In his Notes Towards a Definition of Culture, the great conservative T.S.Eliot remarked that there are moments when the only choice is the one between heresy and non-belief, i.e., when the only way to keep a religion alive is to perform a sectarian split from its main corpse. This is our position today with regard to Europe: only a new “heresy” (represented at this moment by Syriza) can save what is worth saving in European legacy: democracy, trust in people, egalitarian solidarity… The Europe that will win if Syriza is outmaneuvered is a “Europe with Asian values” (which, of course, has nothing to do with Asia, but all with the clear and present tendency of contemporary capitalism to suspend democracy): the key European legacy will be kidnapped.


One should bear in mind the circular paradox which sustains the “free vote” in our democratic societies: one is free to choose on condition that one makes the right choice – which is why, when the choice is the wrong one (as it was the case with Ireland rejecting the EU constitution, or with the Greek PM even proposing a referendum), the “wrong” choice is treated as a mistake, and the establishment immediately imposes a repetition in order to give to a country the chance to correct the mistake and make the right choice (or, in the case of Greece, the very proposal of the referendum is rejected as a false choice).


There are two main stories about the Greek crisis in the public media: the German-European one (the irresponsible and lazy free-spending, tax-dodging, etc., Greeks who have to be brought under control and taught financial discipline) and the Greek one (national sovereignty threatened by the neoliberal technocracy from Brussels). (One of Jacques Lacan’s outrageous statements is that, even if what a jealous husband claims about his wife (that she sleeps around with other men) turns out to be true, his jealousy is still pathological. Along the same lines, one could say that, even if most of the Nazi claims about the Jews were true (they exploit Germans, they seduce German girls…) – which, of course, is NOT the case -, their anti-Semitism would still be (and was) pathological, since it represses the true reason WHY the Nazis NEEDED anti-Semitism in order to sustain their ideological position. And exactly the same holds for the accusation that Greeks are lazy: even if this were to be the case, the accusation is a false one, because it obliterates the complex global economic situation which pushed Germany, France, etc., to finance the »lazy« Greeks.) When it became impossible to ignore the plight of the ordinary Greeks, a third story emerged: ordinary Greeks are more and more presented as humanitarian victims in need of help, as if some natural catastrophe or war has hit the country. While all three stories are false, the third one is arguably the most disgusting one: it obliterates the fact that the Greeks are not passive victims, they fight, they are at war with the European economic establishment, and what they need is solidarity in their struggle, because it is not only their struggle, but the struggle of us all.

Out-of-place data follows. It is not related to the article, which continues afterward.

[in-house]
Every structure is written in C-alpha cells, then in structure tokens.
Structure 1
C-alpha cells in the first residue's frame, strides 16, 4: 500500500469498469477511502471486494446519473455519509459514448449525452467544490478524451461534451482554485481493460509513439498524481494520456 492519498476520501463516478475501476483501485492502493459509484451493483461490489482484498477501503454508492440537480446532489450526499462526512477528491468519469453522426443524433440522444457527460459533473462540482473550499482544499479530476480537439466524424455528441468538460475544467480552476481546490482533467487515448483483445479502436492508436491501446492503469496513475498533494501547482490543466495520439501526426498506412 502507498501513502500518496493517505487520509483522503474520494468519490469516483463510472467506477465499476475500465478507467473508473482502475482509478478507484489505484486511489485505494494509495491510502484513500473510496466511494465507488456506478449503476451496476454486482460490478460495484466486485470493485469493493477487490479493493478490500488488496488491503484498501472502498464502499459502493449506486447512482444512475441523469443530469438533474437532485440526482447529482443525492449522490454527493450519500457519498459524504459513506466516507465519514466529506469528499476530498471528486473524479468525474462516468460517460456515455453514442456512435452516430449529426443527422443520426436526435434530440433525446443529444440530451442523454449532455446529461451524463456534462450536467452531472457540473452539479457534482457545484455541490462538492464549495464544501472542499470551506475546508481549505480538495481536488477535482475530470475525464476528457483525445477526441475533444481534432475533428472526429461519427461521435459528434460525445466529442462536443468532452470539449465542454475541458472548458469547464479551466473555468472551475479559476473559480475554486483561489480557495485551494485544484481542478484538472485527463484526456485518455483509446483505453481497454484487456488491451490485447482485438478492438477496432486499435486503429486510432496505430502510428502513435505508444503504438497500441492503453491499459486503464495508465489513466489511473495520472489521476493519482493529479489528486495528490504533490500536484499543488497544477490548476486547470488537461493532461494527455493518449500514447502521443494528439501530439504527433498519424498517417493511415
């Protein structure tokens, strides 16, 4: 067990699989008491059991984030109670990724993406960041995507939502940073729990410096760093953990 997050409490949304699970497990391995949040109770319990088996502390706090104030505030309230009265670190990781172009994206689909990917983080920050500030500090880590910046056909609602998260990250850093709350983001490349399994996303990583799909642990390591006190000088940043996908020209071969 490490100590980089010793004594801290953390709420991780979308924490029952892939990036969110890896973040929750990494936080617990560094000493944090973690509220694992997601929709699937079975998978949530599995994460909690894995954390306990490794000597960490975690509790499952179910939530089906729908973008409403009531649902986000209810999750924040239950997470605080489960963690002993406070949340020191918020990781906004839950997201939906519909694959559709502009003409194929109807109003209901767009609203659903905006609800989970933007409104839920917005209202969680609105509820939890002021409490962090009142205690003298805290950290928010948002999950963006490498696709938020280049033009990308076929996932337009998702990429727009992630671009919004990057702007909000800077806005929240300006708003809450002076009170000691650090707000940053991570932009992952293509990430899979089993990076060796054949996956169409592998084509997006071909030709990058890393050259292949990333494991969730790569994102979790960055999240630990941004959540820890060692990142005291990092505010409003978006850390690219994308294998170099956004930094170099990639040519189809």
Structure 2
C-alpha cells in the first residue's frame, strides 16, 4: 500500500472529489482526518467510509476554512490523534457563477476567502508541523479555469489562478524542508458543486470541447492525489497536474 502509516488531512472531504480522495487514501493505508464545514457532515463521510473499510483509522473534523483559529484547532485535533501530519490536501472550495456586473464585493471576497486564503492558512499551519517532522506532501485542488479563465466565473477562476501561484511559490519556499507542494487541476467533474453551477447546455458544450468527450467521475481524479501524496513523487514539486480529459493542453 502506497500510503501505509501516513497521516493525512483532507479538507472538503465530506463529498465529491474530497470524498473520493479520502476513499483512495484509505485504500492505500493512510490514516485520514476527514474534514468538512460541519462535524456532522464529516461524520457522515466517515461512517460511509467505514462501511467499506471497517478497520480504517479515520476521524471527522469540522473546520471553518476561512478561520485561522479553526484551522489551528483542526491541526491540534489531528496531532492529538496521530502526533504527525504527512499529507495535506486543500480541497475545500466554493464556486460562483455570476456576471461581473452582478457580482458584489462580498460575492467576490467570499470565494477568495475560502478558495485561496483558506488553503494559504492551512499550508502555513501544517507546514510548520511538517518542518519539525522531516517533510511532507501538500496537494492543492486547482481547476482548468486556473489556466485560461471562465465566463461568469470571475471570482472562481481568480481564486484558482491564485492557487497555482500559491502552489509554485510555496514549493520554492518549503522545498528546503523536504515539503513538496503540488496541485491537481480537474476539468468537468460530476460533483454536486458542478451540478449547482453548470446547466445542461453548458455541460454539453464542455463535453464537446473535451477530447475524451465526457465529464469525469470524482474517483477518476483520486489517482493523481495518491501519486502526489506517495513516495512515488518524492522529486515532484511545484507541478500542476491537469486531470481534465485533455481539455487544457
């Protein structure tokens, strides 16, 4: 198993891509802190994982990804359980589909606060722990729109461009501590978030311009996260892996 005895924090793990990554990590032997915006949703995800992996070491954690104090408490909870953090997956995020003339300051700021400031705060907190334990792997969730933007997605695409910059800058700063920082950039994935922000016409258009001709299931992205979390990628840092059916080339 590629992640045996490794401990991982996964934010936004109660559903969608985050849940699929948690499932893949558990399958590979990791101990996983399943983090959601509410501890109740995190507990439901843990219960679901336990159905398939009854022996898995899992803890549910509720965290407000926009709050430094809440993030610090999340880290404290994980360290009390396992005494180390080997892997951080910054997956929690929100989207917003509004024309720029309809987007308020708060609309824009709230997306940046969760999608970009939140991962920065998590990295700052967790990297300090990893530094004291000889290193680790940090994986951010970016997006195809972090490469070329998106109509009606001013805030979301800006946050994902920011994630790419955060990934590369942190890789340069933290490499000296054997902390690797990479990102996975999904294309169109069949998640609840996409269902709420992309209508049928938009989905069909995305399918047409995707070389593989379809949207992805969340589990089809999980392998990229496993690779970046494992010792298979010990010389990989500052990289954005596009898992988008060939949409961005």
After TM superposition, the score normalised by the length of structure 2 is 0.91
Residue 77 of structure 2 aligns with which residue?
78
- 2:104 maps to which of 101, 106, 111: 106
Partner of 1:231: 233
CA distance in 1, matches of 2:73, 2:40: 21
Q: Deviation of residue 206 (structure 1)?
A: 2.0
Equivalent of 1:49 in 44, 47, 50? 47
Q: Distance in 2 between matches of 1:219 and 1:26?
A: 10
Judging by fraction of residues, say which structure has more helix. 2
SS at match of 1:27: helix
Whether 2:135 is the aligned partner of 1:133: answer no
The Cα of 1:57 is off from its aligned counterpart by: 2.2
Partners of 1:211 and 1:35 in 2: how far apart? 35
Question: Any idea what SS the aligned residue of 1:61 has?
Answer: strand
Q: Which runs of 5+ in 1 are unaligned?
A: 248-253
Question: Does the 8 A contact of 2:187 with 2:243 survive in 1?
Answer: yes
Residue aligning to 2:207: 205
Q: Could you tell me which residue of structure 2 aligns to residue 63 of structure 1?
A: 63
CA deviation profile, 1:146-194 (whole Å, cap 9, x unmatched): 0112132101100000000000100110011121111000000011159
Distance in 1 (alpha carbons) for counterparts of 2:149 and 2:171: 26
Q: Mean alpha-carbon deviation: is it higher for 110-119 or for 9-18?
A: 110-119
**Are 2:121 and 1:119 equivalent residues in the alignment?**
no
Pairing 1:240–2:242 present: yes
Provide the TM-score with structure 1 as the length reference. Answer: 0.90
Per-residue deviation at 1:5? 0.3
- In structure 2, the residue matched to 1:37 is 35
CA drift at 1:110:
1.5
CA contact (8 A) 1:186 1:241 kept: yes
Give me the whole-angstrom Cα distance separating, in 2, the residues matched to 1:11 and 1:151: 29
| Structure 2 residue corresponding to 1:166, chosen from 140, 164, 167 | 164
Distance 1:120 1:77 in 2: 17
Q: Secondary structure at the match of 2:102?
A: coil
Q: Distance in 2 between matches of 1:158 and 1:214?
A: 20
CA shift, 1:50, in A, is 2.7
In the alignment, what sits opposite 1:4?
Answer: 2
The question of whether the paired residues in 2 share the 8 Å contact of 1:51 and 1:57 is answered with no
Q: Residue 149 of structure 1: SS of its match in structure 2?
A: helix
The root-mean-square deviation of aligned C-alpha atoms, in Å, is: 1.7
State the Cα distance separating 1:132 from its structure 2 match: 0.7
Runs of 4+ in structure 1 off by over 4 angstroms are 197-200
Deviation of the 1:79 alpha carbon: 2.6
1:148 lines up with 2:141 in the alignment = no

Greece is not an exception, it is one of the main testing grounds to impose a new socio-economic model with universal claim: the depoliticized technocratic model where bankers and other experts are allowed to squash democracy. Greece is thus Europe’s nodal point at which the historical tendency which shapes its present appears at its purest. This is why we should not only save Greece from its saviors – from the European consortium of an economic equivalent to dr. Mengele testing on it its “austerity measures” – but also save Europe itself from its saviors, this same consortium promoting their bitter medicine.


What lurks in the background is a much more unsettling question: one should not read the ongoing dismantling of the Welfare-State as a “betrayal” of this noble idea, but as a failure which retroactively enables us to discern a fatal flaw of the very notion of Welfare State. The lesson is that, if we want to save the emancipatory kernel of the notion of Welfare State, one should change the terrain and move over its basic implications (like the long-term viability of a “social market-economy,” i.e., of a socially-responsible capitalism). Otherwise, we will only contribute to the process which we try to reverse.


Link to: London Review of Books